Weather Applications

Biometeorology: Weather and Health

Biometeorology is the study of the impact weather has on the natural world, including animals, plants and humans. This includes the impact on symptoms of existing diseases, contribution to new conditions and temporary physiological changes. There are a number of illnesses and symptoms that are caused or exacerbated by certain types of weather. Here we discuss some of the more obvious conditions, as well as some, perhaps, more surprising ailments.

British hay fever maps

Hay fever maps have been produced to help sufferers identify ‘hotspots’ that should be avoided. The map locates plants that can trigger hay fever or asthma attacks across Britain. It is hoped the map will help sufferers make decisions about where to live, work or visit at certain times, by also identifying the peak times when pollen is released. The researchers from University of Exeter, the Met Office and NERC’s Centre for Ecology and Hydrology, examined 12 key plant species that are associated with hay fever and asthma and mapped the data across Britain.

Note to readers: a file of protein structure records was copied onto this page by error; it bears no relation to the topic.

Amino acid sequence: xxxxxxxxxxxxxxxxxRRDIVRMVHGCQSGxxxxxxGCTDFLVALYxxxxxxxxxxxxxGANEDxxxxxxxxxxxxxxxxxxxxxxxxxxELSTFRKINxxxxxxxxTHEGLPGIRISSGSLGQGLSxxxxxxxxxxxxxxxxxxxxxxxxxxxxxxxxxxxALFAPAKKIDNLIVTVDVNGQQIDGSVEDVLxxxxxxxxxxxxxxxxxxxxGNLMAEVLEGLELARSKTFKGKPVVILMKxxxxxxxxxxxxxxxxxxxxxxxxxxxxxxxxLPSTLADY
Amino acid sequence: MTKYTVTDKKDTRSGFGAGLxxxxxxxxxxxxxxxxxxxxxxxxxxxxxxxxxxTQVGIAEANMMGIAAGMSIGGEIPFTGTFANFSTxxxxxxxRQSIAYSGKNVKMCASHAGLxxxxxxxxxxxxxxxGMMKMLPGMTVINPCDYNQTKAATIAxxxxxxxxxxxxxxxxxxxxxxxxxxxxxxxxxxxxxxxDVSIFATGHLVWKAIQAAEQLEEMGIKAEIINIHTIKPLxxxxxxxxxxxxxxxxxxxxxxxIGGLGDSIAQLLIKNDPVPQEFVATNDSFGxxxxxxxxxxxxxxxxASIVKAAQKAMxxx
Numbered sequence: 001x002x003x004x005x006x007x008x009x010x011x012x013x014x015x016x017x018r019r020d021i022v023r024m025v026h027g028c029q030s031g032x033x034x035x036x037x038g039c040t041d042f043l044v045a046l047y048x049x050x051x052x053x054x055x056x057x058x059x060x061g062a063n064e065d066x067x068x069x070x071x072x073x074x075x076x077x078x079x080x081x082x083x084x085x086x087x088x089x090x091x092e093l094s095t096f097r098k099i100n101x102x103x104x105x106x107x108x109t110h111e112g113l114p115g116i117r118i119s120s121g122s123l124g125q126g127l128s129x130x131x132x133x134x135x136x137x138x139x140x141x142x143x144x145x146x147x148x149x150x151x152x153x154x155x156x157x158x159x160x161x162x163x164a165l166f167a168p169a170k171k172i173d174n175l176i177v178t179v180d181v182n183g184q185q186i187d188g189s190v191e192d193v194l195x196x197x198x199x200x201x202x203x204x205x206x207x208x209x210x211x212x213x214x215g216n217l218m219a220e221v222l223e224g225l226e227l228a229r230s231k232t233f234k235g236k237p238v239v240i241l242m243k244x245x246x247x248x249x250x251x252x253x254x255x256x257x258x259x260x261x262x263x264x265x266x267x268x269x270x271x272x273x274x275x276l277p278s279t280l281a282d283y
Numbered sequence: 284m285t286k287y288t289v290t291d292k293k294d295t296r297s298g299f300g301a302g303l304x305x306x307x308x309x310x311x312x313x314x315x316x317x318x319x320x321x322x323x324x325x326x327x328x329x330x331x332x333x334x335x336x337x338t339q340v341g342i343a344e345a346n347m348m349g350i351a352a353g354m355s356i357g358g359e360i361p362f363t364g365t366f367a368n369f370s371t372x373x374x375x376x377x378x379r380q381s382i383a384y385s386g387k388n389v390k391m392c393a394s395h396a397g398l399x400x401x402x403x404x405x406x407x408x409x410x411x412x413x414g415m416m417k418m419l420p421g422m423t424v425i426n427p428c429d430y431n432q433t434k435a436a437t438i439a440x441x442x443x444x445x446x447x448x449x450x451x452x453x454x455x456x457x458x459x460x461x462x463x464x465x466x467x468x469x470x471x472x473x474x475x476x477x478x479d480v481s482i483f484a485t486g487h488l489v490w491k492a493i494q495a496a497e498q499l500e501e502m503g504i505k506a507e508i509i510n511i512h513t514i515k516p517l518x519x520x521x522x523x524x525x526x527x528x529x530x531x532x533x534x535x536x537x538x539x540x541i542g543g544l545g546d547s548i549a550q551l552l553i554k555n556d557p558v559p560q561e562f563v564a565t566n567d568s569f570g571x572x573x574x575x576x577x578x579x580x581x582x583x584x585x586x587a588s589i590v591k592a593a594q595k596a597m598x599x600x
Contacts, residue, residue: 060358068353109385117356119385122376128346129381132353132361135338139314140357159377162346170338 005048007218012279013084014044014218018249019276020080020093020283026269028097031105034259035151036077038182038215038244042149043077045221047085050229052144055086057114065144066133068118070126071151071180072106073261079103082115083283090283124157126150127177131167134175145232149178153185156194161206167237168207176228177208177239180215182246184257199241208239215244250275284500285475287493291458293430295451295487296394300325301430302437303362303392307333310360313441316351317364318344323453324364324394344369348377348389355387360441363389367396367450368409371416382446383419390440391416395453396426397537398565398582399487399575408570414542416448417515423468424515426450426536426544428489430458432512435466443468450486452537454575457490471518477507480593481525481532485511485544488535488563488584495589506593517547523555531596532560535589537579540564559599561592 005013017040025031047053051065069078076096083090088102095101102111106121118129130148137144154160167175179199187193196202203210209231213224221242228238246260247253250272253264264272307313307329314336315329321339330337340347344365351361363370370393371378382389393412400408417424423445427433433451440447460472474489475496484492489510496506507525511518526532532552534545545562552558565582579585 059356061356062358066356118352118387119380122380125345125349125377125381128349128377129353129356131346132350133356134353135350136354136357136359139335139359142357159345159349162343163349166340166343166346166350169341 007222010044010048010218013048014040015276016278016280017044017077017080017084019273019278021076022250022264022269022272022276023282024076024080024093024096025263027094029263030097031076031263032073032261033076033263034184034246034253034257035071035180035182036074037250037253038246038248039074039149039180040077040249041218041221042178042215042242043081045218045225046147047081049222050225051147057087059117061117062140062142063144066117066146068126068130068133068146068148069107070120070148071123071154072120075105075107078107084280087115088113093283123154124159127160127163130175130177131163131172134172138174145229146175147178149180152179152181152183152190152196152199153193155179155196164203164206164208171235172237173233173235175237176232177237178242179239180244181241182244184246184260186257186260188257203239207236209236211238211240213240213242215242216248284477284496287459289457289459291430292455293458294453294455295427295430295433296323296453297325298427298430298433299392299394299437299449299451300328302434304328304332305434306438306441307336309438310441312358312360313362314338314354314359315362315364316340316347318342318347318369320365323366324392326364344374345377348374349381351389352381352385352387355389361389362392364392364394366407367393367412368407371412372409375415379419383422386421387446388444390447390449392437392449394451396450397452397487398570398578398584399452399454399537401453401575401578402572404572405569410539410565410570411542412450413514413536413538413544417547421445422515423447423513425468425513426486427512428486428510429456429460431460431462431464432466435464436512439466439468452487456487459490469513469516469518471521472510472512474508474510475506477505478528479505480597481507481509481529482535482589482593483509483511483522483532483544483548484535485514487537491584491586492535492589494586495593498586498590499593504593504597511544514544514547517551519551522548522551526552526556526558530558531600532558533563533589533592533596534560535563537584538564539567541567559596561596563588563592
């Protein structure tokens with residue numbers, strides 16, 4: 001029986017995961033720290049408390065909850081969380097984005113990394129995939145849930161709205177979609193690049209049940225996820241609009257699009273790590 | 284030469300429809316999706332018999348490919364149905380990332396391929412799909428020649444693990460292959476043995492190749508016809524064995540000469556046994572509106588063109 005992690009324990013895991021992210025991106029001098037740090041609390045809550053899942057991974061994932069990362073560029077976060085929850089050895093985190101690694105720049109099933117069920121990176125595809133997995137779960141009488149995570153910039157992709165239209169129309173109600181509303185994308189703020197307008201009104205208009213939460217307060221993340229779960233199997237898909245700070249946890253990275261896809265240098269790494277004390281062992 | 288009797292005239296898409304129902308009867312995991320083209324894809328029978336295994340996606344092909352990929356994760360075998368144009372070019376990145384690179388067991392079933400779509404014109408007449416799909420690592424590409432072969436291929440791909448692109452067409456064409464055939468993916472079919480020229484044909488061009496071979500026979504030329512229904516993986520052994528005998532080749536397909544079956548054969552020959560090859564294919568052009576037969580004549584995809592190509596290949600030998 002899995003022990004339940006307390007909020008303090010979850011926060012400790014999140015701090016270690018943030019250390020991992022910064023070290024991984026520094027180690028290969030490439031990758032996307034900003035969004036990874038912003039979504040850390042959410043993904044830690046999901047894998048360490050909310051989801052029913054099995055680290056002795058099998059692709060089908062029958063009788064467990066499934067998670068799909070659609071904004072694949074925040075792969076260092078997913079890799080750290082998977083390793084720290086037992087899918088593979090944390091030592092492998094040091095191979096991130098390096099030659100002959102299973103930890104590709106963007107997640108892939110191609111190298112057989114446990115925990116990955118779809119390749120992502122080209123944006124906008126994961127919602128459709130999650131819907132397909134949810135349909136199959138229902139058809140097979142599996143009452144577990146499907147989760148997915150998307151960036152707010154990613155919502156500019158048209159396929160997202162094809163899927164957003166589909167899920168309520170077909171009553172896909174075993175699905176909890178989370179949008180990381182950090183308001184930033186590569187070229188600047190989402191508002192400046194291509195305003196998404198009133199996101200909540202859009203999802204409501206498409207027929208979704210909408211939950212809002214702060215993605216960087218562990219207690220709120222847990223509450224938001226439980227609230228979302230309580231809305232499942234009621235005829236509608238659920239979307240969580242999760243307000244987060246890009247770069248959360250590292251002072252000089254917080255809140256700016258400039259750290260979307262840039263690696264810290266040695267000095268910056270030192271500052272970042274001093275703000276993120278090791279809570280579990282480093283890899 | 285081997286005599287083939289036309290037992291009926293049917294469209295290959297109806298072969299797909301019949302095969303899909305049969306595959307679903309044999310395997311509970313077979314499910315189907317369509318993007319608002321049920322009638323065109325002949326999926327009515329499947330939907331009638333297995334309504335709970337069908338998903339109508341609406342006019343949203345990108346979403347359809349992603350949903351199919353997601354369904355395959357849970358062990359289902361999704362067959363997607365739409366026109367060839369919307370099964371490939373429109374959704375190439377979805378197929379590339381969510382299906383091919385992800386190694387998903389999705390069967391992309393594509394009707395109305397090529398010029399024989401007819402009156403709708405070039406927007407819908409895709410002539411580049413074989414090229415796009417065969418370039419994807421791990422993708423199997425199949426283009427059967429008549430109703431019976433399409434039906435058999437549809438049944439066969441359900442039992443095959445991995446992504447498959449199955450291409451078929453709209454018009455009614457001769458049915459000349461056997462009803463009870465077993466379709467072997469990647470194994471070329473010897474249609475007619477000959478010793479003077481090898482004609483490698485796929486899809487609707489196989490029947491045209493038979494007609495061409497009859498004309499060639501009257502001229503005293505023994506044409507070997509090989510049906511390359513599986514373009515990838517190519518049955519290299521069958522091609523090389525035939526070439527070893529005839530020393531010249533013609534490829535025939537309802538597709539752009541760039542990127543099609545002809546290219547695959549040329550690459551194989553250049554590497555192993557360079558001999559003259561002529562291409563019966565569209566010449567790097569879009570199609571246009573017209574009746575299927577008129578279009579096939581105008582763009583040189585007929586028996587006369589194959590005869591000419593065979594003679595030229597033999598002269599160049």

Spinning up enthusiasm for meteorology

Tornadoes. A climate view of tornadoes. Possibly the hardest brief yet. There is very little that is certain about climate change and tornadoes. When and where a tornado outbreak in the US occurs is predominantly determined by weather patterns that bring together the warm moist air from the Gulf of Mexico and the cold dry air from the North. Because these weather patterns are very variable from year to year, it is hard to establish any long term effect of climate change.

Weather and energy trading

It is no secret that the weather and energy consumption have always been intrinsically linked.  The basic theories of supply and demand drive a lot of the relationship – if the weather is very cold we will demand more power and knowing what the weather might do months, seasons or even years ahead will help shape predictions on how much power we need to generate. But weather is just one factor that effects our power requirements and prices, and until recently, other core factors like UK politics, geopolitical events, the economy, etc.

Book review: 30-second Meteorology

Photo: 30-second Meteorology - The 50 most significant events and phenomena, each explained in half a minute. Editor: Adam A. Scaife, Foreword by Julia Slingo. 
Publishers: Ivy Press (2016). £14.99

This is a beautiful and tactile coffee table book, whilst being a handier size than most coffee table books. It consists of seven sections; 1) the elements, 2) the global atmosphere, 3) the Sun, 4) weather watching and forecasting, 5) can we change the weather, 6) weather cycles and 7) extreme weather.